BY MATTHEW PRIOR.

[MATTHEW Prior was born in 1664, according to some, in London, and to others at Wimbourne, in Dorsetshire. Having lost his father when very young, he was brought up by an uncle, a tavern-keeper at Charing Cross, who, after sending him for some time to Westminster School, took him to assist at his business. His classical knowledge, however, attracted the attention of the Earl of Dorset, who sent him to the University of Cambridge, where he obtained a fellowship, which he retained until his death. In conjunction with Montague, he wrote “The Country Mouse and City Mouse,” in ridicule of Dryden's “ Hind and Panther," and in 1691, through the interest of his patron, the Earl of Dorset, was appointed secretary to the English Embassy at the Hague ; then Gentleman of the Bedchamber to King William.

He was afterwards made Secretary of State, but he gave up the appointment for a Commissionership of Trade. After the accession of Queen Anne, he negotiated the Treaty of Utrecht, and was then sent ambassador to France : but, when George I. came to the throne, he was recalled and committed to prison, where he remained for two years ; and he was even threatened with impeachment, for having held private conferences with the French plenipotentiaries, which, as he showed, was usual in such cases. He died in 1721.

Prior's tales are licentious; but his poems are pleasing, and full of good humour. Like Swift, he loved to versify the ordinary occurrences of life. He realized 4,000l. by one edition of his works, and an equal sum was presented to him by the Earl of Oxford, which left his old age independent.)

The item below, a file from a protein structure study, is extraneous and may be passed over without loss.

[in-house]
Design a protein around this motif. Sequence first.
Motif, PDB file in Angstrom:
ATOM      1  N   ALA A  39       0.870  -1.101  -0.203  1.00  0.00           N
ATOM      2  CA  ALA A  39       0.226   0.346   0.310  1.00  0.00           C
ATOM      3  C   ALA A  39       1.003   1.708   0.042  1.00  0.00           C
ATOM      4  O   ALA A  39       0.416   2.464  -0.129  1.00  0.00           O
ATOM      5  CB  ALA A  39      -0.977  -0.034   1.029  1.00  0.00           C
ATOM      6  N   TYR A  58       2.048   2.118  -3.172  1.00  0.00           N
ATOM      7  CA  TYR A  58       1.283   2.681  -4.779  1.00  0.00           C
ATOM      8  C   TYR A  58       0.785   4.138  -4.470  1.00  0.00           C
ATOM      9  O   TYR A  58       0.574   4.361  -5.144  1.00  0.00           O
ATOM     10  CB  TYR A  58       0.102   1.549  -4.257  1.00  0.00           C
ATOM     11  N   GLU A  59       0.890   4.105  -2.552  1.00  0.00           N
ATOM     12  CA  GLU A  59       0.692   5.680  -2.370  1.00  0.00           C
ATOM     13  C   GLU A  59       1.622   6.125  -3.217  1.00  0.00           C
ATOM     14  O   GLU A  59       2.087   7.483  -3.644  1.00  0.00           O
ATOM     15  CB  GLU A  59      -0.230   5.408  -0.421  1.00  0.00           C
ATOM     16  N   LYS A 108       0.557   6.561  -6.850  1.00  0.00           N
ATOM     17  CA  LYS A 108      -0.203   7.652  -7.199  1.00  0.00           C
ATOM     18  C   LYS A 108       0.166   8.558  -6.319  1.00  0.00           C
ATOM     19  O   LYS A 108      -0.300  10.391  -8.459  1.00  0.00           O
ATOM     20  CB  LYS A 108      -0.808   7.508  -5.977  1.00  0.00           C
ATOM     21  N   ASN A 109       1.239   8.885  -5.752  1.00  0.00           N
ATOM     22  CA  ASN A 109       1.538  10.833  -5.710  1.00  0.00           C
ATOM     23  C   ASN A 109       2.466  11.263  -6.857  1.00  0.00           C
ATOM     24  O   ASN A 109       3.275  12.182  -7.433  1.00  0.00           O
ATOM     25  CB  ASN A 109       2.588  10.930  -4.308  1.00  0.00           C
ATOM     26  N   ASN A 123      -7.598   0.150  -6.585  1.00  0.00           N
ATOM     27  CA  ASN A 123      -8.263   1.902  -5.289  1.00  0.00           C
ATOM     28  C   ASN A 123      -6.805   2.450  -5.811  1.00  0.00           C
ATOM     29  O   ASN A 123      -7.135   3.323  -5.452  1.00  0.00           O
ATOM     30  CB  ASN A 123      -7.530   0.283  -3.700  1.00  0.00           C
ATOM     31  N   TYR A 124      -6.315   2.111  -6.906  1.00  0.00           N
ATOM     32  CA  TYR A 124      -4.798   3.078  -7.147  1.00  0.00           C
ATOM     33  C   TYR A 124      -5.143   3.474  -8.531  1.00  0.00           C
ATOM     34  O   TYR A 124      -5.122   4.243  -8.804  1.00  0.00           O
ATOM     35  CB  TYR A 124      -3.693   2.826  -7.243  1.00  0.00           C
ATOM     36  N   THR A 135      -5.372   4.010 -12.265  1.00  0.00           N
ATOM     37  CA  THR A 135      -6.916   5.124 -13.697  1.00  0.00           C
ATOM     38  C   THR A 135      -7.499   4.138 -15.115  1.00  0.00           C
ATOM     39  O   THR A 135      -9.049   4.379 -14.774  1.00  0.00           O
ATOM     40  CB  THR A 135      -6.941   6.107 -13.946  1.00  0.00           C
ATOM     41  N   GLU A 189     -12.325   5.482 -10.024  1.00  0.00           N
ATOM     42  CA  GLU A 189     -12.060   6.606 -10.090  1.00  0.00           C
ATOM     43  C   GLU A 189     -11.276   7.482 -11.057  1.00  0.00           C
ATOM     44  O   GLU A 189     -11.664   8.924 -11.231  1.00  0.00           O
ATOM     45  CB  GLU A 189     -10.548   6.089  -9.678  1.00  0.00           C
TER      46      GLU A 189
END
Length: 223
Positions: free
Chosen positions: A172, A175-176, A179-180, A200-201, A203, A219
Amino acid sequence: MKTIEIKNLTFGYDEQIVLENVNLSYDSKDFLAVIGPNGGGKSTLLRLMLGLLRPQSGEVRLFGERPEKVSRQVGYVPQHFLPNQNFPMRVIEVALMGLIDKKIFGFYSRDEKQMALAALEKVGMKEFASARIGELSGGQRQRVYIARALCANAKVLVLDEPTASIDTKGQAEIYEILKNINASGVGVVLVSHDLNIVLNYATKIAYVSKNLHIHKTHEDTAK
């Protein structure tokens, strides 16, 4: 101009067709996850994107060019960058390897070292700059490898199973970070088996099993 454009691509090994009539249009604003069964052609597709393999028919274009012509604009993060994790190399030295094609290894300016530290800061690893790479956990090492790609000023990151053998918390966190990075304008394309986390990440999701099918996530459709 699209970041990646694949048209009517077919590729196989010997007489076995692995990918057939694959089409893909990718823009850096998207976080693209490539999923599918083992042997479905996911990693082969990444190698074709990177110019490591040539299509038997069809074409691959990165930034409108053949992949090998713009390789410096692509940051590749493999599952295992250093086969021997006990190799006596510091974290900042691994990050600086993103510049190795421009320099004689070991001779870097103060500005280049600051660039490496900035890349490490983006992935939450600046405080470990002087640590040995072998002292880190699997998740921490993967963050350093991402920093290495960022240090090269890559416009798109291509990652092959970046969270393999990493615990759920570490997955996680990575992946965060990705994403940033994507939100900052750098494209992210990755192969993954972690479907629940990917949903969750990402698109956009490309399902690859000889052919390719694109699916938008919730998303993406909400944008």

Who has e'er been at Paris, must needs know the Grève,
The fatal retreat of th' unfortunate brave;
Where honour and justice most oddly contribute
To ease heroes' pains by a halter and gibbet.

Derry down, down, hey derry down.

There death breaks the shackles which force had put on,
And the hangman completes what the judge but begun ;
There the 'squire of the pad, and the knight of the post,
Find their pains no more baulk’d, and their hopes no more cross’d.

Derry down, &c.

Great claims are there made, and great secrets are known;
And the king, and the law, and the thief, has his own ;
But my hearers cry out, What a deuce dost thou ail ?
Cut off thy reflections, and give us thy tale.

Derry down, &c.

'Twas there, then, in civil respect to harsh laws,
And for want of false witness to back a bad cause,
A Norman, though late, was obliged to appear;
And who to assist, but a grave Cordelier ?

Derry down, &c.

The 'squire, whose good grace was to open the scene,
Seem'd not in great haste that the show should begin ;
Now fitted the halter, now traversed the cart ;
And often took leave, but was loath to depart.

Derry down, &c.

What frightens you thus, my good son? says the priest,
You murder'd, are sorry, and have been confess d.
O father! my sorrow will scarce save my bacon ;
For 'twas not that I murder'd, but that I was taken.

Derry down, &c.

Pough, prithee ne'er trouble thy head with such fancies ;
Rely on the aid you shall have from St. Francis ;
If the money you promised be brought to the chest,
You have only to die ; let the Church do the rest.

Derry down, &c.